Summer People, Winter People

By , April 26, 2011

I remember a long time ago there was a trend in personal color analysis. A person’s skin tones were assessed and labeled by season. People started telling each other, “I’m a summer,” or “You’re an autumn.” For all I know, people still describe skin tones in these terms.

The other day, I realized that in many ways, Michelle is a summer, while I am a winter, but it has nothing to do with our coloration, but with our work focus on the homestead.

Recently, we pursued our usual tasks on a typical homestead day. As often happens, we worked separately but near each other, constantly calling for the other one to stop their activities to come and help for a moment. That got me thinking about the general trend of what each of us was doing.

I bucked up a log, chopped the rounds and stacked them in the wood shed. Michelle cleaned up the rain catchment tank in back of the cabin. Thinking about these tasks, I realized that generally speaking, Michelle’s work on the homestead focuses on preparing for the summer, most particularly the garden, while much of my work focuses on preparing for the winter, storing up firewood.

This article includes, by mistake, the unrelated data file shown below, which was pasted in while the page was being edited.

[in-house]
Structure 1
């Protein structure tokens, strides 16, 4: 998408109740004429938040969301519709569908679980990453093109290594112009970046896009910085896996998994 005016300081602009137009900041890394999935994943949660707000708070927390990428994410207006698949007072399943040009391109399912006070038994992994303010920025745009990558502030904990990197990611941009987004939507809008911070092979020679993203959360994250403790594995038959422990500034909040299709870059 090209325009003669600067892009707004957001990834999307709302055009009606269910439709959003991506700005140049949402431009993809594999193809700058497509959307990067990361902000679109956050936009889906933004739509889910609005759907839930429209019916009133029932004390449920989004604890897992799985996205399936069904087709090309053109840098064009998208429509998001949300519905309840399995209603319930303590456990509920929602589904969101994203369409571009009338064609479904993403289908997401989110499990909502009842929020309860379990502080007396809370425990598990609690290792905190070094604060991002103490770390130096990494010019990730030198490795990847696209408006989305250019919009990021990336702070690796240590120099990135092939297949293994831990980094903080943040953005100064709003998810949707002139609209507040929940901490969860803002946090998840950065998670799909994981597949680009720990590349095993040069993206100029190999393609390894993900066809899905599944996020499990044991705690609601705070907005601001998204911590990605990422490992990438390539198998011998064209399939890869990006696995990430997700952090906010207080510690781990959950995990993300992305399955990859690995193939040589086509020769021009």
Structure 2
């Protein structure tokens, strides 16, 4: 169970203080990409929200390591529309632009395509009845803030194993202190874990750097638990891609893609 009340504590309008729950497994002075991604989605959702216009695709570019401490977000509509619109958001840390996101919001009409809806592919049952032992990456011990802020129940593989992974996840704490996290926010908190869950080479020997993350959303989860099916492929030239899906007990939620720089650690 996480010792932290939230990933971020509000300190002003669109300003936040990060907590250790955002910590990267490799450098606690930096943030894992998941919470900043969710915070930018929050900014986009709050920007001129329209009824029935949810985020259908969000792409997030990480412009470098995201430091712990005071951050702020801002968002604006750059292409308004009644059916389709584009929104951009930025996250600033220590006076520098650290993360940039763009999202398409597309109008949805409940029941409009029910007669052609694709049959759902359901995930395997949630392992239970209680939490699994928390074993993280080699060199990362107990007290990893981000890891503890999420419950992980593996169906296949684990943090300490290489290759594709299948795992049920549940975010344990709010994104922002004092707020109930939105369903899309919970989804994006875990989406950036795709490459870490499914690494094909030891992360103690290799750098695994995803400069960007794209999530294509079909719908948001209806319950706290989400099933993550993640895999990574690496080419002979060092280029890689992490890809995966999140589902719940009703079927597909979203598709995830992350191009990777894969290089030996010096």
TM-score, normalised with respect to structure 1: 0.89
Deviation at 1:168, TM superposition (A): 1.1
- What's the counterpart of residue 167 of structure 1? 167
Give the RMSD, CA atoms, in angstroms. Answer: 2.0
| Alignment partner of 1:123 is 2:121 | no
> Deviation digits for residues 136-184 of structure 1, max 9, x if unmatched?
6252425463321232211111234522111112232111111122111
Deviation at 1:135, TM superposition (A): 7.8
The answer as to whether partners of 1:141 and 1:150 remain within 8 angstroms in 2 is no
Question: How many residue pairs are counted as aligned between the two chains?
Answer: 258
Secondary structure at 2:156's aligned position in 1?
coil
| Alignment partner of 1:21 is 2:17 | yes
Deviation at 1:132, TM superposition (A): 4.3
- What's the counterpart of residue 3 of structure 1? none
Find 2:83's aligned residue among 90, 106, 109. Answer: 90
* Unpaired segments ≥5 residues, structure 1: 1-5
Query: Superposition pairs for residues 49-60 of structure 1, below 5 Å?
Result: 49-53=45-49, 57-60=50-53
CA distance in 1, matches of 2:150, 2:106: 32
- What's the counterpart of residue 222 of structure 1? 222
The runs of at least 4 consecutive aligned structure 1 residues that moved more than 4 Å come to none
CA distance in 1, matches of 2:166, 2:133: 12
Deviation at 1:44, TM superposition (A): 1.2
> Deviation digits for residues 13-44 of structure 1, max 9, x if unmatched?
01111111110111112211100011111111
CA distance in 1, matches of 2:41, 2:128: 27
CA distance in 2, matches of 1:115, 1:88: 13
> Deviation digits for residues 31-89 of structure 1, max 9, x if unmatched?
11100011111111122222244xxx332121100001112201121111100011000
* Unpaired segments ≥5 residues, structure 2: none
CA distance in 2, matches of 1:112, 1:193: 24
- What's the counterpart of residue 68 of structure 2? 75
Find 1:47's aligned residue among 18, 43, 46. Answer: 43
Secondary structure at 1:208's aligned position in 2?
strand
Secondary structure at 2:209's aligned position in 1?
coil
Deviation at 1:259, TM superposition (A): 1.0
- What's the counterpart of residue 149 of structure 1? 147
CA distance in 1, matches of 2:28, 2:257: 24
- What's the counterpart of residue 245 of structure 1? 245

I mentioned this to Michelle, and it turns out she’d been thinking exactly the same thing. We agreed that this works only on the most superficial level. I work in the garden, and on projects that benefit it; Michelle helps with cutting and hauling the wood. Aly pitches in on these tasks and all the others we perform around the homestead. It’s a trend, not a cut and dried division of labor.

One could argue that everything we do, including (or perhaps especially) the gardening prepares us for winter. Most of what makes our summers so busy has to do with getting things done for or before the onset of winter.

Nevertheless, looking at our sometimes conflicting purposes as seasonal sheds a bit of light on it for us, and hopefully a bit of perspective as well.

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